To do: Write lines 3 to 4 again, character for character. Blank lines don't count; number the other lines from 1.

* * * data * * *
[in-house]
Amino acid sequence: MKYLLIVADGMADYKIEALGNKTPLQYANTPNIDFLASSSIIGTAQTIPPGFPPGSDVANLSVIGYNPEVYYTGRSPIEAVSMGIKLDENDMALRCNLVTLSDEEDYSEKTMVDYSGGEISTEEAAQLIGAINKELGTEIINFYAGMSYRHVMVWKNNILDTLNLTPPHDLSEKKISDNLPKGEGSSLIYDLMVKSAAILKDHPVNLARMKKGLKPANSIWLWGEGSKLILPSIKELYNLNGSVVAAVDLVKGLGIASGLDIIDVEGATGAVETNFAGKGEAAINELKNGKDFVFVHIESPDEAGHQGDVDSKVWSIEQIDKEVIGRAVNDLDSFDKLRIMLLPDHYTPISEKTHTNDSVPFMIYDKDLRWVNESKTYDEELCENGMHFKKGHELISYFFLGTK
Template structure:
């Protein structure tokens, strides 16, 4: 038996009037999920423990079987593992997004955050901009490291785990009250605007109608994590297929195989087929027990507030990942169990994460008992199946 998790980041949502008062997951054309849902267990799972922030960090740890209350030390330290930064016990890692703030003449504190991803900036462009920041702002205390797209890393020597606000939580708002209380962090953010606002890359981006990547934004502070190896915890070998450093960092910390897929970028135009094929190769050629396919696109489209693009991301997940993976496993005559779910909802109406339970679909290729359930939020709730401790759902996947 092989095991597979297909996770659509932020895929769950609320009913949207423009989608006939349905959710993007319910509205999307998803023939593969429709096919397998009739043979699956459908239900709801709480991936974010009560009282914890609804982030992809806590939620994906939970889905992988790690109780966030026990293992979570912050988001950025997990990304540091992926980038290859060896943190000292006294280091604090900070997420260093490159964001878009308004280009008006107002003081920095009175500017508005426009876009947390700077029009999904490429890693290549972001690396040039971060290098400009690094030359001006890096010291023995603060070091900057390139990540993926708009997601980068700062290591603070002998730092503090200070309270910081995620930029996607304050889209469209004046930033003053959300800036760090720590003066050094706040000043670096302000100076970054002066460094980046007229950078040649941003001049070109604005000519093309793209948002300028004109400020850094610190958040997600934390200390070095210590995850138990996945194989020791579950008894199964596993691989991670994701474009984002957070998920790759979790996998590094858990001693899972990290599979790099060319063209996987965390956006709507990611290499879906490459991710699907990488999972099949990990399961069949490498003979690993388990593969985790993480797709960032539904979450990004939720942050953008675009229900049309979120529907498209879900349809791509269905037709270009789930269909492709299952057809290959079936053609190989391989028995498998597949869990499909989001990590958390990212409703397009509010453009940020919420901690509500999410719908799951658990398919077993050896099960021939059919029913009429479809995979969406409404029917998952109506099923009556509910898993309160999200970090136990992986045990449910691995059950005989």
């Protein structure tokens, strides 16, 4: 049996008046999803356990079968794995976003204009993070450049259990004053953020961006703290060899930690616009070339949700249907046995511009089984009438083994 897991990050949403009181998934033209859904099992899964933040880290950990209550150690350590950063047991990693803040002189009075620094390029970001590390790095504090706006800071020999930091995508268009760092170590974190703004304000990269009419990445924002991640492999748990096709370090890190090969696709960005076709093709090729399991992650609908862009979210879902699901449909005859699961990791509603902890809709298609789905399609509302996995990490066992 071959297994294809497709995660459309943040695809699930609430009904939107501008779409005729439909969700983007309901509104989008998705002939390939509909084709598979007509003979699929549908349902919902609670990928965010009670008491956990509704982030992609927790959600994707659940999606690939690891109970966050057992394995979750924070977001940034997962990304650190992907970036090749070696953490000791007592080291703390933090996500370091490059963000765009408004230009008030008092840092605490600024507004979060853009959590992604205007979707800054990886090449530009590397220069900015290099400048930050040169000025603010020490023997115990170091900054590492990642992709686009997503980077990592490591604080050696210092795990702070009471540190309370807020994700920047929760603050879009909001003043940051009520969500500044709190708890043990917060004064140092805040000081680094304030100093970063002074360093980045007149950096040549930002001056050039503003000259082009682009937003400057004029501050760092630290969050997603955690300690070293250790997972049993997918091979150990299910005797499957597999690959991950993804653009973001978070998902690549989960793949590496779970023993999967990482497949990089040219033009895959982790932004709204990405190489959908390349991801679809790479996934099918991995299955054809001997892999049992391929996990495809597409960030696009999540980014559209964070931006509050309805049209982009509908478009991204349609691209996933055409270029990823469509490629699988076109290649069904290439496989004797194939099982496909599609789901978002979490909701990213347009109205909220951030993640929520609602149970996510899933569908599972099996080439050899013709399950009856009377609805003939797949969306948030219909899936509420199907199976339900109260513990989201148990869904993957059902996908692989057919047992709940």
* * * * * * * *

Template structure:
């Protein structure tokens, strides 16, 4: 038996009037999920423990079987593992997004955050901009490291785990009250605007109608994590297929195989087929027990507030990942169990994460008992199946 998790980041949502008062997951054309849902267990799972922030960090740890209350030390330290930064016990890692703030003449504190991803900036462009920041702002205390797209890393020597606000939580708002209380962090953010606002890359981006990547934004502070190896915890070998450093960092910390897929970028135009094929190769050629396919696109489209693009991301997940993976496993005559779910909802109406339970679909290729359930939020709730401790759902996947 092989095991597979297909996770659509932020895929769950609320009913949207423009989608006939349905959710993007319910509205999307998803023939593969429709096919397998009739043979699956459908239900709801709480991936974010009560009282914890609804982030992809806590939620994906939970889905992988790690109780966030026990293992979570912050988001950025997990990304540091992926980038290859060896943190000292006294280091604090900070997420260093490159964001878009308004280009008006107002003081920095009175500017508005426009876009947390700077029009999904490429890693290549972001690396040039971060290098400009690094030359001006890096010291023995603060070091900057390139990540993926708009997601980068700062290591603070002998730092503090200070309270910081995620930029996607304050889209469209004046930033003053959300800036760090720590003066050094706040000043670096302000100076970054002066460094980046007229950078040649941003001049070109604005000519093309793209948002300028004109400020850094610190958040997600934390200390070095210590995850138990996945194989020791579950008894199964596993691989991670994701474009984002957070998920790759979790996998590094858990001693899972990290599979790099060319063209996987965390956006709507990611290499879906490459991710699907990488999972099949990990399961069949490498003979690993388990593969985790993480797709960032539904979450990004939720942050953008675009229900049309979120529907498209879900349809791509269905037709270009789930269909492709299952057809290959079936053609190989391989028995498998597949869990499909989001990590958390990212409703397009509010453009940020919420901690509500999410719908799951658990398919077993050896099960021939059919029913009429479809995979969406409404029917998952109506099923009556509910898993309160999200970090136990992986045990449910691995059950005989």